Is bamboo flooring better than hardwood floors?
There are some advantages to both hardwood and bamboo flooring options. Hardwood floors like oak and maple come in a variety of colors, widths and finishes; bamboo, however, is limited to just a few shades; the most widely available are natural (a light blond color), and carbonized (a medium brown color that's created by heating the bamboo, which makes it slightly softer). Both are durable, attractive and relatively easy to install.
But is bamboo green?
There is an argument that bamboo flooring is more sustainable than hardwood flooring. Bamboo reportedly holds more carbon than trees, so it helps to ward off global climate change
. A hardwood oak or maple tree takes many decades to mature; bamboo, on the other hand, is a renewable, fast-growing grass that quickly regenerates after cutting. It grows so fast, and has become such a popular flooring option, that many acres of forestland in Asia are reportedly being cut down so locals can grow bamboo.
Cutting down forests to grow bamboo doesn't sound very green.
It isn't, which is why many people now believe bamboo isn't much of a green product -- call it "greenish." There are also concerns about transporting the product from overseas, which diminishes its green appeal, and the formaldehyde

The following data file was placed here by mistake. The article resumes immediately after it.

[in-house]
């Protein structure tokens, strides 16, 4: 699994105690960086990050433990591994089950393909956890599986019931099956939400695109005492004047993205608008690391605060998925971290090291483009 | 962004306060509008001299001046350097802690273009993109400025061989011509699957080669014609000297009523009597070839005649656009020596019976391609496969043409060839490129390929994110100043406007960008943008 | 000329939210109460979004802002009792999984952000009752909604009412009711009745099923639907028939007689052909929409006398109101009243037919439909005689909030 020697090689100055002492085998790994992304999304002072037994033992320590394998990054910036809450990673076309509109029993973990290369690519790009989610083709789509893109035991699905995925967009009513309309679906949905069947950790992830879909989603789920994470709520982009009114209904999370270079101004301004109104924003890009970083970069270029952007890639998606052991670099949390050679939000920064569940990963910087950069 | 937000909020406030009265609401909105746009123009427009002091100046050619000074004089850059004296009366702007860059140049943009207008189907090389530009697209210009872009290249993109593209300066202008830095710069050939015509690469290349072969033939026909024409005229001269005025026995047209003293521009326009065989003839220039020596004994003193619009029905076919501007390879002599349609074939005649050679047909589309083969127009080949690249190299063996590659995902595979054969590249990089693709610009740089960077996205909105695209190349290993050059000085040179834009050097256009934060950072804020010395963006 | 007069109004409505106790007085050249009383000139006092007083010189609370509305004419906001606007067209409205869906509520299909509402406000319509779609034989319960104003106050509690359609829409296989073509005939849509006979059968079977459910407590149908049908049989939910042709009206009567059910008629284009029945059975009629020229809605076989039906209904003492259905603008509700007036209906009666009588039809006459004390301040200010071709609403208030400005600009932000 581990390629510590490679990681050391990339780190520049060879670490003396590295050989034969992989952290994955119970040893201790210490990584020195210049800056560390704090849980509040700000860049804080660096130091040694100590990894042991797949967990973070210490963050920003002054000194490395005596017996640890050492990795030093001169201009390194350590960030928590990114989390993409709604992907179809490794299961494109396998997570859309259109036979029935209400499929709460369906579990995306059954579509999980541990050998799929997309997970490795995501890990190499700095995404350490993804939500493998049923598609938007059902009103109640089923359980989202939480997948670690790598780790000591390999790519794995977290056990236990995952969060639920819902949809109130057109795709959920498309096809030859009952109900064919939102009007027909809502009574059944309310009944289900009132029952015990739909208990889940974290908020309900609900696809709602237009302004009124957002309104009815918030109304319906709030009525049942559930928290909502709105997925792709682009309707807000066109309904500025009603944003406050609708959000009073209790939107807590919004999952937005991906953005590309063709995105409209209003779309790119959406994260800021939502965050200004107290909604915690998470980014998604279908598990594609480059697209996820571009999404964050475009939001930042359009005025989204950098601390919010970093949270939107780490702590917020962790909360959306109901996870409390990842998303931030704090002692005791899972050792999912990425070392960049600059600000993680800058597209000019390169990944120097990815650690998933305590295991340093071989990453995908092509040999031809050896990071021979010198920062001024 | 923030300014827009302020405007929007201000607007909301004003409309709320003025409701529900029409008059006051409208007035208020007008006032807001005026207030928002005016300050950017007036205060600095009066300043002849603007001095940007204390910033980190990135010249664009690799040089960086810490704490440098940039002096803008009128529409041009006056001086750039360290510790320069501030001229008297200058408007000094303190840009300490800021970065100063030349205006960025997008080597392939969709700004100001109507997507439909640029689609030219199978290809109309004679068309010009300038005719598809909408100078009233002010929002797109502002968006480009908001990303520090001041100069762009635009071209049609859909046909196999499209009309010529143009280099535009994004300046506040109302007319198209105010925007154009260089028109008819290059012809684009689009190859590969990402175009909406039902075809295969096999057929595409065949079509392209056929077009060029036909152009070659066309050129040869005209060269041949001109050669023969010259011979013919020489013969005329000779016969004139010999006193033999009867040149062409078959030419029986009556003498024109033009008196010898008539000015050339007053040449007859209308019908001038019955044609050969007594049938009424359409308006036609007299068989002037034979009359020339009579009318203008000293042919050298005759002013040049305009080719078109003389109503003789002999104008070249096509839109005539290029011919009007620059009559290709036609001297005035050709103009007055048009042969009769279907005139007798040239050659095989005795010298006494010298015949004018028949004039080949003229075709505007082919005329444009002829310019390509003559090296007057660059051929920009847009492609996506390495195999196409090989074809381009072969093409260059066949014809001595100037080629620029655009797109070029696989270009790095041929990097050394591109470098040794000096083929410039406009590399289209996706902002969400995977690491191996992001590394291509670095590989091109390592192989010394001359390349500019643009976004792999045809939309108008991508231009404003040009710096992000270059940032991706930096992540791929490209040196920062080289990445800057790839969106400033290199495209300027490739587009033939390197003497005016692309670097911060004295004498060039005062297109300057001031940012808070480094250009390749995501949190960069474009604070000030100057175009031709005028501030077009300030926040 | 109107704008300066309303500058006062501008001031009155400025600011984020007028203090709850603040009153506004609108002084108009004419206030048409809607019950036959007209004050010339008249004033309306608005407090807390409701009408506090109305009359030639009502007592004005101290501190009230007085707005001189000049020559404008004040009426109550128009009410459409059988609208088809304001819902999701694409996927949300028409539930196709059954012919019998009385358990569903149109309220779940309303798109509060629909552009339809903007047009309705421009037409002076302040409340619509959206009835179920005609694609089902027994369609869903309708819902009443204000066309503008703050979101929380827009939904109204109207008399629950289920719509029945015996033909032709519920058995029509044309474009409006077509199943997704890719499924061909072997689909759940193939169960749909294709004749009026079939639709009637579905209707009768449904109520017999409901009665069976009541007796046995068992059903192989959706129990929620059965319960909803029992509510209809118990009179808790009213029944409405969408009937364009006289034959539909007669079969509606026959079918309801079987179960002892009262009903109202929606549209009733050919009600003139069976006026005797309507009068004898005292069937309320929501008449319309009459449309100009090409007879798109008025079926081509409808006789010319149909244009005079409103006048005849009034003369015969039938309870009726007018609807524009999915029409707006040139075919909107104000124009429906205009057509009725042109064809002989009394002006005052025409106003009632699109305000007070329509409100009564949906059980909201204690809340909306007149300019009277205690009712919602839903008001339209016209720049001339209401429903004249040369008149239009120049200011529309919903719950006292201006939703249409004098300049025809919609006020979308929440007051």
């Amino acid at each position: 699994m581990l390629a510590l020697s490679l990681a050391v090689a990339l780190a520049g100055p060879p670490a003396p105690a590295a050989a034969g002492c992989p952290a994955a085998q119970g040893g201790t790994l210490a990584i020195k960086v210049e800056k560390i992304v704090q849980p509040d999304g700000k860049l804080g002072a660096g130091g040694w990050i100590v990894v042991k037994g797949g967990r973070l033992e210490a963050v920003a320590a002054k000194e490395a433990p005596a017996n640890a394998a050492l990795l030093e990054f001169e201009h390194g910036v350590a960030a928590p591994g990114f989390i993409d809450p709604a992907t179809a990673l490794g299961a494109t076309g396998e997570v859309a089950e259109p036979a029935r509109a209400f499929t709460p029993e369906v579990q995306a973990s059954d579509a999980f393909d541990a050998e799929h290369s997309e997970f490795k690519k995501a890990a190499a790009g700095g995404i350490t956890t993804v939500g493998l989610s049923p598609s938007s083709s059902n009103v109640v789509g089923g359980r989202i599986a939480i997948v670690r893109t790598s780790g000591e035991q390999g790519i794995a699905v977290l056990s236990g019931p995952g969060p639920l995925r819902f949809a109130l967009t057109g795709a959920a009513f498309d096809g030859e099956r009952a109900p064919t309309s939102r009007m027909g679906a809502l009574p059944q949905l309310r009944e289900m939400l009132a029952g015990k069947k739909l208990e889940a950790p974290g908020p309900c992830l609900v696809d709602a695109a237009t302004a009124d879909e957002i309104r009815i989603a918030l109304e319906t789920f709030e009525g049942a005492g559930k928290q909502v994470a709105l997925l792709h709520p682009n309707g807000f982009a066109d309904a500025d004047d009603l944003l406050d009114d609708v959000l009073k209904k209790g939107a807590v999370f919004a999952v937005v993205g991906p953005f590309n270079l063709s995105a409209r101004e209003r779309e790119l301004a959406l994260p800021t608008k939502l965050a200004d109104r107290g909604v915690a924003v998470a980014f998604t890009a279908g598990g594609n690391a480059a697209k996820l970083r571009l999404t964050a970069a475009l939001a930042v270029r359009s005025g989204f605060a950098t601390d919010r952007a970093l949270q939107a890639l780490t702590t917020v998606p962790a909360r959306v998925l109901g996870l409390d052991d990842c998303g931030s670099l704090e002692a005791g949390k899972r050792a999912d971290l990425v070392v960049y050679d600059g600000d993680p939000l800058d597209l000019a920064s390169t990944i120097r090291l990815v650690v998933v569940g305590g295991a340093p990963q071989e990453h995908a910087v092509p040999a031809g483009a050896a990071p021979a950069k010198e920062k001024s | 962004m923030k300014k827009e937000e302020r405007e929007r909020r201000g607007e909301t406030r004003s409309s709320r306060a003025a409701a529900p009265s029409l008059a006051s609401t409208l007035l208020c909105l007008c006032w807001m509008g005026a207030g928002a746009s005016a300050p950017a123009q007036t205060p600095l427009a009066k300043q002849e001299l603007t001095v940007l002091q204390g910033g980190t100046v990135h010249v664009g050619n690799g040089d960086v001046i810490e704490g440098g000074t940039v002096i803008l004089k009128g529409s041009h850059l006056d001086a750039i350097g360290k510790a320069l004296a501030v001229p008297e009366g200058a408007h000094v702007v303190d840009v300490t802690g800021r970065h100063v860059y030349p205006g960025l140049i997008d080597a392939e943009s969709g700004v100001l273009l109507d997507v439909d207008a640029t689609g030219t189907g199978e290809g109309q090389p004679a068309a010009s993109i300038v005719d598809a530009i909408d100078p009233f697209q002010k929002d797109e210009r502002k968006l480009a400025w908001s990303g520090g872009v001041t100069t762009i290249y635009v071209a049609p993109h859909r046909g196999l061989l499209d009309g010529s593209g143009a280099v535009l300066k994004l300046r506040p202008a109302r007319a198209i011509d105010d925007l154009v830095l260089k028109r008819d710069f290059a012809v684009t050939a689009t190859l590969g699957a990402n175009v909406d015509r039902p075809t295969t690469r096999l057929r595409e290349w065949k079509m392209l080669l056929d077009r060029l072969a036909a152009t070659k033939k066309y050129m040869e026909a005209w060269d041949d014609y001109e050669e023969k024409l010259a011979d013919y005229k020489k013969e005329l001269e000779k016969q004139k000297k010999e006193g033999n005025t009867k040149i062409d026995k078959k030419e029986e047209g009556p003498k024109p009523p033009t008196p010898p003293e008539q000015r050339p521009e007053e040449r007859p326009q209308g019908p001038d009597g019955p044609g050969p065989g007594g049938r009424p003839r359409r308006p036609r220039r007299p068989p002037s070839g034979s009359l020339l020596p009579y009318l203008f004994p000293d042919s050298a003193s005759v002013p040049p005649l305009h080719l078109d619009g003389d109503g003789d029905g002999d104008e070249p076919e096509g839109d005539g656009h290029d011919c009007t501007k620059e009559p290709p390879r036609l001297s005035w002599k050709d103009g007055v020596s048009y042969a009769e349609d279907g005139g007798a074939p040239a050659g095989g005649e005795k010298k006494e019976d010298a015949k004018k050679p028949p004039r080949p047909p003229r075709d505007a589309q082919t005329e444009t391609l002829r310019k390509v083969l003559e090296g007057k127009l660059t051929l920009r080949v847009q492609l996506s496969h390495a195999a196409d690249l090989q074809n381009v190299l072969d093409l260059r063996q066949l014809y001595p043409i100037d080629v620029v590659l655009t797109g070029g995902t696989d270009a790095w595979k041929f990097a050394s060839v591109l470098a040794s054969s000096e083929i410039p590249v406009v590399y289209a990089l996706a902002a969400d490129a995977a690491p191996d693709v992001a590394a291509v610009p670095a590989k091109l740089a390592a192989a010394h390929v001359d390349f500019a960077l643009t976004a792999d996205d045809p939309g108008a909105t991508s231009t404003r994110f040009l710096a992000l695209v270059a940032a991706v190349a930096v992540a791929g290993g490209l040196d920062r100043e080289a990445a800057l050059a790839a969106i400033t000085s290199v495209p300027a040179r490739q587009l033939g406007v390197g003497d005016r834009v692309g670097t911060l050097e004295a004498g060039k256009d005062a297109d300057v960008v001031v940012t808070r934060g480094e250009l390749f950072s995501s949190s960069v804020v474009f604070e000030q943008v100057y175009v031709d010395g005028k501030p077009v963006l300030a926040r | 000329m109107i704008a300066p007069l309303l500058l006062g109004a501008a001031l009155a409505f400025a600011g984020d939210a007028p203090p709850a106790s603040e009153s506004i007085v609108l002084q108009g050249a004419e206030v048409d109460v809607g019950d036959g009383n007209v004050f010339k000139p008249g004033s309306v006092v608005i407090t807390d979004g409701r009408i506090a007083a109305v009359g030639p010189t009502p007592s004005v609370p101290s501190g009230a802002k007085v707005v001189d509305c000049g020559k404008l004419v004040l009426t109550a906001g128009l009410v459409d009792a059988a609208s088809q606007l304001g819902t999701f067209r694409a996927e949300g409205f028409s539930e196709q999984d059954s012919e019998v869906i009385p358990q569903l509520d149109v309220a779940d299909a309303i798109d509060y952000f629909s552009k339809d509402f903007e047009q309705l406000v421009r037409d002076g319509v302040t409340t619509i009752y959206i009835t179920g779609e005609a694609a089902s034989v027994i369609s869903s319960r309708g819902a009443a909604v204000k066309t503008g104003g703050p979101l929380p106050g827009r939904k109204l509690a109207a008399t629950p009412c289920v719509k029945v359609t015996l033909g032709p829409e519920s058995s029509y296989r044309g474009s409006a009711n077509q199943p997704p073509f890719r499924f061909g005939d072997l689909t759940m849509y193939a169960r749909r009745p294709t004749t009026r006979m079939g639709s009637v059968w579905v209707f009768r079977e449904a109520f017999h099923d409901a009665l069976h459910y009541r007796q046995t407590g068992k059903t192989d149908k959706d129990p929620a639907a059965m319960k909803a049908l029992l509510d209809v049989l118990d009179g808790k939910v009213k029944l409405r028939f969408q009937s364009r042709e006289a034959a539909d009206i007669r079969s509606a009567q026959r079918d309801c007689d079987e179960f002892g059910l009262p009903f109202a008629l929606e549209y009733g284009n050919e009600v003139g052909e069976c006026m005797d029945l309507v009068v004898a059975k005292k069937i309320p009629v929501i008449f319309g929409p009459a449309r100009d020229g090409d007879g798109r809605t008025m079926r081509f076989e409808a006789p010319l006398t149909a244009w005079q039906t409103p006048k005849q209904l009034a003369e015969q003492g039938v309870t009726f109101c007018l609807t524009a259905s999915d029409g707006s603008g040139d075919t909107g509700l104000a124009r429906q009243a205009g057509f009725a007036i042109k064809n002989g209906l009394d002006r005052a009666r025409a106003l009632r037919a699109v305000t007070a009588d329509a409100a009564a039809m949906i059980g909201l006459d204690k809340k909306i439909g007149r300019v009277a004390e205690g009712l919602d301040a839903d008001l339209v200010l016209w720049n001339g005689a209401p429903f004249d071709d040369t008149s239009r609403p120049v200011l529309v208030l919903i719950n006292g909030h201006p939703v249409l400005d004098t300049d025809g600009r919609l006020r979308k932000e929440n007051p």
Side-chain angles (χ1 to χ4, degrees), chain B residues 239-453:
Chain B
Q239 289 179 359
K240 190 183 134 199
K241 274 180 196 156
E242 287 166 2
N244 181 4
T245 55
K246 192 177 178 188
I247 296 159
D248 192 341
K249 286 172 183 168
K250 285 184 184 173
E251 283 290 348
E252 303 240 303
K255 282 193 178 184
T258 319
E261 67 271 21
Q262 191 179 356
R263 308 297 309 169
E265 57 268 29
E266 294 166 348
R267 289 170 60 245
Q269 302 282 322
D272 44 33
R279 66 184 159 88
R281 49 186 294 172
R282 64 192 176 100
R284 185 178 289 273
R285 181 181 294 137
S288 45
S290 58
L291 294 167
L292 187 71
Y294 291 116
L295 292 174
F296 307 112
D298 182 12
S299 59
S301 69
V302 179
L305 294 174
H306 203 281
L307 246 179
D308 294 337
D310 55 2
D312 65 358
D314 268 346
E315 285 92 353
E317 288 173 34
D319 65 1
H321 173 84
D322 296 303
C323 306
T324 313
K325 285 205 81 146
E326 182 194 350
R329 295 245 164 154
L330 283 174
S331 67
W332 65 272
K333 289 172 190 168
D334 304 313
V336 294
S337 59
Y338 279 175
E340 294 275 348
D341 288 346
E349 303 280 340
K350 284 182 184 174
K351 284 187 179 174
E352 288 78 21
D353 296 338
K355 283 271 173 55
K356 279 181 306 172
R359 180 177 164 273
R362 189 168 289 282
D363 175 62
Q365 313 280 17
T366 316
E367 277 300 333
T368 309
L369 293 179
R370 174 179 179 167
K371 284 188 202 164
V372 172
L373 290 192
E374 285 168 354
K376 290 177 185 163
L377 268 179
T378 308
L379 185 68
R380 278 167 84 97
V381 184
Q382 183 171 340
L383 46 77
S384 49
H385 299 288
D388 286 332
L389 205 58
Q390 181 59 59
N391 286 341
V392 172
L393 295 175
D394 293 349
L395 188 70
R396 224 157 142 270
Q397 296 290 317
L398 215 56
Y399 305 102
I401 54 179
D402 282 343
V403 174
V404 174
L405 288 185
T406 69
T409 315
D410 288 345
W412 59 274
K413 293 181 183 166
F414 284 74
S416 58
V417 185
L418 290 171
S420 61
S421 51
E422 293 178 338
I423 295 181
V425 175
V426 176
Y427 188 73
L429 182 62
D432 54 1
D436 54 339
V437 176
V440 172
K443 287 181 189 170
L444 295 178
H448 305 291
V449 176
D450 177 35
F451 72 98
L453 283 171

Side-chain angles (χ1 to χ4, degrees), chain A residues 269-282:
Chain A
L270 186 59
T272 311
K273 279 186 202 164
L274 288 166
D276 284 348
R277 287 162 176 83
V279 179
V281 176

used in processing most bamboo flooring is recognized as a cancer-causing compound. Finally, some critics have noted the fast growth of bamboo is sometimes augmented with synthetic fertilizers and pesticides.
You've totally killed my buzz for bamboo flooring. Thanks a lot.
Bamboo still has many sustainable attributes, like those listed above, and there is some progress being made in making it even better. Some bamboo growers and manufacturers, for example, have now achieved certification from the Forestry Stewardship Council (FSC)
for their cultivation and manufacturing practices. And a handful of manufacturers have claimed to use different formulations of formaldehyde (or other compounds) that are healthier.
So is bamboo sustainable or not?
A lot depends on the source of the bamboo and the manufacturer -- check, for example, if both the grower and the manufacturer are FSC-certified. Bamboo is listed as a green material by LEED
. And remember that other options might be as green or greener than bamboo. Cork, linoleum, and reclaimed hardwoods have attracted attention as great green flooring alternatives. Take a look at these and other options, and make the best choice you can.